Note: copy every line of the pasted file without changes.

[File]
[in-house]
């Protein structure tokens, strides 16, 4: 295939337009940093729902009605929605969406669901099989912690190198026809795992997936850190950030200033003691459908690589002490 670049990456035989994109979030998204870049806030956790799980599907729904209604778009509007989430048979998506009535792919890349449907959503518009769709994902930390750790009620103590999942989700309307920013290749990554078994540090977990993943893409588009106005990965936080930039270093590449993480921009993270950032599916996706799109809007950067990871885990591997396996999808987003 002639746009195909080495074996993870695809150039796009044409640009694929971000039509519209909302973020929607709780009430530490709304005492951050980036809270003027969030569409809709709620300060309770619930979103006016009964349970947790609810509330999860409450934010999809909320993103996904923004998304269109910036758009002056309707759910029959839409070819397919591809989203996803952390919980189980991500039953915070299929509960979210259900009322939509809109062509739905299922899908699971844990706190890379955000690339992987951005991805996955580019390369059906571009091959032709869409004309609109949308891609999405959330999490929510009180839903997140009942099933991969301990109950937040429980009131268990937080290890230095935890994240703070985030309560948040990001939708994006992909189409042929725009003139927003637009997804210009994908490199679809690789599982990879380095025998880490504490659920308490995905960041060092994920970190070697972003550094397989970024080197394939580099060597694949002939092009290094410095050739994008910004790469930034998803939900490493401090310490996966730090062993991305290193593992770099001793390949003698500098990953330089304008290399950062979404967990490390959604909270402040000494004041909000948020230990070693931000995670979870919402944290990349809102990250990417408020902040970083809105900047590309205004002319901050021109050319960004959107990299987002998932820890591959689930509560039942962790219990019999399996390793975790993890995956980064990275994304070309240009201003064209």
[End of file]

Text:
[in-house]
């Protein structure tokens, strides 16, 4: 295939337009940093729902009605929605969406669901099989912690190198026809795992997936850190950030200033003691459908690589002490 670049990456035989994109979030998204870049806030956790799980599907729904209604778009509007989430048979998506009535792919890349449907959503518009769709994902930390750790009620103590999942989700309307920013290749990554078994540090977990993943893409588009106005990965936080930039270093590449993480921009993270950032599916996706799109809007950067990871885990591997396996999808987003 002639746009195909080495074996993870695809150039796009044409640009694929971000039509519209909302973020929607709780009430530490709304005492951050980036809270003027969030569409809709709620300060309770619930979103006016009964349970947790609810509330999860409450934010999809909320993103996904923004998304269109910036758009002056309707759910029959839409070819397919591809989203996803952390919980189980991500039953915070299929509960979210259900009322939509809109062509739905299922899908699971844990706190890379955000690339992987951005991805996955580019390369059906571009091959032709869409004309609109949308891609999405959330999490929510009180839903997140009942099933991969301990109950937040429980009131268990937080290890230095935890994240703070985030309560948040990001939708994006992909189409042929725009003139927003637009997804210009994908490199679809690789599982990879380095025998880490504490659920308490995905960041060092994920970190070697972003550094397989970024080197394939580099060597694949002939092009290094410095050739994008910004790469930034998803939900490493401090310490996966730090062993991305290193593992770099001793390949003698500098990953330089304008290399950062979404967990490390959604909270402040000494004041909000948020230990070693931000995670979870919402944290990349809102990250990417408020902040970083809105900047590309205004002319901050021109050319960004959107990299987002998932820890591959689930509560039942962790219990019999399996390793975790993890995956980064990275994304070309240009201003064209």